Primitive Data Types

Posted by Jared Kipe on | 0 Comments

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The Primitive Data Types are data types that are used in every day in programming and usually correspond to the most basic building blocks of all the other Objects or data types you will be programming with down the road.

The primitive data types come in a few flavors, and usually have a couple of sizes for each as well.  The sizes of the types depend on the language used, the specific compiler, and thus the computer architecture you are programming in (i386, x86_64 ...)

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Integer Types

Integer types are basically just counting numbers.  If you want to keep track of how many cows you have, the integer type is the one you will probably want to use.

In strongly typed languages like C or Java, you define these numbers with the data type name in front of the variable name, e.g. "int x = 5;"

In both strongly typed languages and weakly typed languages (like PHP and Javascript) you can force one type into the integer type by what we call "casting", e.g. "$x = (int)$_GET['x'];"

name: size:
char 8-bit
short 16-bit
int 32-bit
long long 64-bit

They also come in "signed" and "unsigned" flavors.  Signed versions can keep track of negative numbers but do so by dedicating their last (highest order) bit to keep track of the sign.  Unsigned types use all of the bits for counting, thus they can count higher.

Languages like C# and Java actually have other names for these differently sized integer types.  You can checkout the giant table of integer types over on wikipedia.

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Floating Point Types

Floating point types are for real numbers like 1.2 or 3.14, that is numbers that are not whole numbers.

Floating point types are basically like always representing numbers in scientific notation say 1.22311 x 10^3.  They break some of their bits up to represent the exponent and the significant digits, and a single bit for the sign.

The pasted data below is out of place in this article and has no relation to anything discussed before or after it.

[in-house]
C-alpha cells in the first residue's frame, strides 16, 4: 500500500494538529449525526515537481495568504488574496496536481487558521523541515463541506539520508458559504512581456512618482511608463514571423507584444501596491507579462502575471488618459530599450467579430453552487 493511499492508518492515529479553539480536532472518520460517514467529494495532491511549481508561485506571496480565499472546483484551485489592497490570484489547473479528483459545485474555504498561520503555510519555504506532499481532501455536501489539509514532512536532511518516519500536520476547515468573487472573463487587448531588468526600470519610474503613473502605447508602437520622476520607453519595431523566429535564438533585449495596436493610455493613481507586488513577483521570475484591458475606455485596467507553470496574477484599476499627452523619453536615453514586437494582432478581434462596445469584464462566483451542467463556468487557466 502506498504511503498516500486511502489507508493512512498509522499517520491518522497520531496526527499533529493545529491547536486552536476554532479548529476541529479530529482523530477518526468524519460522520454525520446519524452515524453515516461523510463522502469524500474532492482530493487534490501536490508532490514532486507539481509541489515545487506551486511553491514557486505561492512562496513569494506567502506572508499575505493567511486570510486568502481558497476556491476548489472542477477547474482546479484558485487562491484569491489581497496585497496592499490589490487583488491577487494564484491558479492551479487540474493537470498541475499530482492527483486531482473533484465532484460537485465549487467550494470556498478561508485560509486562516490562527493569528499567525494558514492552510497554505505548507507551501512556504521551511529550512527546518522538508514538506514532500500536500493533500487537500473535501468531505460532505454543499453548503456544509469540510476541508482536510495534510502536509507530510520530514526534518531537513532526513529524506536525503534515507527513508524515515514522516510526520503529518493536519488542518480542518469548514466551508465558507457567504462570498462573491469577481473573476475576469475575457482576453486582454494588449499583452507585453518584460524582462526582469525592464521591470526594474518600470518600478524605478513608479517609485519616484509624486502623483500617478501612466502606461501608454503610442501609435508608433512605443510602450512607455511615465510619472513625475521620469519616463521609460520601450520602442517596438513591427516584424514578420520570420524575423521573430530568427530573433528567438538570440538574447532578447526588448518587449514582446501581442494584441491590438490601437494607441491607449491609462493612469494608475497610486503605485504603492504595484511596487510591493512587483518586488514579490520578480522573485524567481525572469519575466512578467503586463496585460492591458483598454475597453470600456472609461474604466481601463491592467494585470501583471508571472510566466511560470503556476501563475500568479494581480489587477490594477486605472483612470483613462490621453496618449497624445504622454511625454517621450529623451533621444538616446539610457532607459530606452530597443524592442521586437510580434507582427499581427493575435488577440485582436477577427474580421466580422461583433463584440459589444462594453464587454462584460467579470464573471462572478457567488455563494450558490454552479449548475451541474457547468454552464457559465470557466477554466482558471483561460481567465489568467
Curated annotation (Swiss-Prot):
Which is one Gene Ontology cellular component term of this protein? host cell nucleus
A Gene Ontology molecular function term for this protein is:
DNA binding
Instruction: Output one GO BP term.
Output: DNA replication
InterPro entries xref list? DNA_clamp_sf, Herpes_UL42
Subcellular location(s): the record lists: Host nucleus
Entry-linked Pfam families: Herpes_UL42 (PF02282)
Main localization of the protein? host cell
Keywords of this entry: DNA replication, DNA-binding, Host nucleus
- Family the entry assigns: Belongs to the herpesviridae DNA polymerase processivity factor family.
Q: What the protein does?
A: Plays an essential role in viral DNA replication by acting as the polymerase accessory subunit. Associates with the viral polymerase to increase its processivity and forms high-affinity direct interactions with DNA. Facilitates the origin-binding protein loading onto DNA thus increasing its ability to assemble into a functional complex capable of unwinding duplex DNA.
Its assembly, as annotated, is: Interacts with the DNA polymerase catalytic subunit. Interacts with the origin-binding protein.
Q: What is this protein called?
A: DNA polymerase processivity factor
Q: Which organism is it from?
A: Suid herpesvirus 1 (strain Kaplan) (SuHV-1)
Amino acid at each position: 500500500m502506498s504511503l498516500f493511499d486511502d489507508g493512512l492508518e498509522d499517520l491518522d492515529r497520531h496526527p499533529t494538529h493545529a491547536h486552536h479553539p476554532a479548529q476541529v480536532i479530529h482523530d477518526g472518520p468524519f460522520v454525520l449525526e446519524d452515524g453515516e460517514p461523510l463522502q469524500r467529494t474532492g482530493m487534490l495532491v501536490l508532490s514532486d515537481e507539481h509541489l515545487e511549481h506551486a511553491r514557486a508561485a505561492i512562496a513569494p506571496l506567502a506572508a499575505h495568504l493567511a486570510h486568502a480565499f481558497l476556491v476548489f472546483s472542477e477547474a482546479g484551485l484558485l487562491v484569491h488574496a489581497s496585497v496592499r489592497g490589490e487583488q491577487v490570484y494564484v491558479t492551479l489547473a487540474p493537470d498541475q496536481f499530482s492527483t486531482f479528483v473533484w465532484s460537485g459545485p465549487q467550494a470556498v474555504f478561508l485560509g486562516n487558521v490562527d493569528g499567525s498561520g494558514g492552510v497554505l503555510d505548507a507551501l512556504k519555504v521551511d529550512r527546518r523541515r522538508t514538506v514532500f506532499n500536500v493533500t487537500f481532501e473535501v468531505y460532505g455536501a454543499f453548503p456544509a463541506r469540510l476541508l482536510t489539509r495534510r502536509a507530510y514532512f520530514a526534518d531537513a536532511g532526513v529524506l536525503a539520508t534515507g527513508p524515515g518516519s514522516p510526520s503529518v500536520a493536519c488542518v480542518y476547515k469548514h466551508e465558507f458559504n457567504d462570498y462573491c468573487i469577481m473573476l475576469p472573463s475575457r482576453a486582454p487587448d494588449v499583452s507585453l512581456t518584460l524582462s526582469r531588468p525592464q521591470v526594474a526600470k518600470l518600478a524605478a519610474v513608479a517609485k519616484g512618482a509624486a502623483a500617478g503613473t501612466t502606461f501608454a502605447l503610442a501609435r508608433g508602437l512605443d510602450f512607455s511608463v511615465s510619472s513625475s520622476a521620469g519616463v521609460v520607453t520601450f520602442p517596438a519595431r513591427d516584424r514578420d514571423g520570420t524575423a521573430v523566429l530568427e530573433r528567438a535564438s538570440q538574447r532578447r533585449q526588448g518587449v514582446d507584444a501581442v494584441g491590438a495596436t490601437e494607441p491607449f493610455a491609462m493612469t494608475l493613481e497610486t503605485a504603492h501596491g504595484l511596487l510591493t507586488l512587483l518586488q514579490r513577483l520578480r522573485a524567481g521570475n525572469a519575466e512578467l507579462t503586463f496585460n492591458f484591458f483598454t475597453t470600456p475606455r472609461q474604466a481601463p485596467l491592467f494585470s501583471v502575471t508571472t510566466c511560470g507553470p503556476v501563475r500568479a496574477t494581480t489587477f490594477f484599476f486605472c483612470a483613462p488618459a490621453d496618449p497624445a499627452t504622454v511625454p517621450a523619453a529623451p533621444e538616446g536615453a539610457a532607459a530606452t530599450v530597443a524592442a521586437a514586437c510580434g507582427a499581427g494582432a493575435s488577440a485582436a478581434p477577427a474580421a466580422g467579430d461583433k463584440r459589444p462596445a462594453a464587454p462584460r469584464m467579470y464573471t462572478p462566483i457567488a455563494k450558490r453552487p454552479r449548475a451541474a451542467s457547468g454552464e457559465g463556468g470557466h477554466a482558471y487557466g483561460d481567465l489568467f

Floating point numbers do NOT accurately represent all numbers, and this causes confusion and frustration when you try to use them where perfect base 10 accuracy is needed. (like banking)  This failure is the equivilant to say 1/3 represented as a base 10 decimal number.  The more accurately you want to define 1/3 as a base 10 decimal you need more and more digits 0.3333333...  1/10 (0.1) is for example not representable perfectly as a floating point number.

Another problem with Floating Point types is that the bigger/longer the number gets, the less accurate it gets.  Rather, floating point numbers have a fixed number of significant digits, once you use those up, the remaining ones will be inaccurate.

There are really only two major size flavors for floating point types.

float 16-bits (on 32-bit processors) 32-bits (on 64-bit processors)

double 32-bits (on 32-bit processors) 64-bits (on 64-bit processors)

I personally always use doubles if I care about the accuracy even a little bit.  Here is a more detailed analysis on the internals of floating point types.

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Char

You may have though wondered what was up with the name for the smallest integer data type.  Well it is certainly an integer type mathematically and structurally, but it has another important usage in several languages.

Char is used to store a single alpha-numeric character (and quite a few non alpha-numeric characters like ?!%$#_)

Basically characters like 'A' or 'p' have integer equivalents, 65 and 112, as defined by various character encoding schemes.  E.g. ASCII, and utf-8.

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Enum

Enum stands for enumerated type, and is essentially a way for you to define keywords to specific integer values.  Examples would be days in a week, or suits of playing cards.

Enum's come up in C and its descendants such as C++ and Java, as well as databases such as MySQL.

enum suit { HEART, DIAMOND, SPADE, CLUB };

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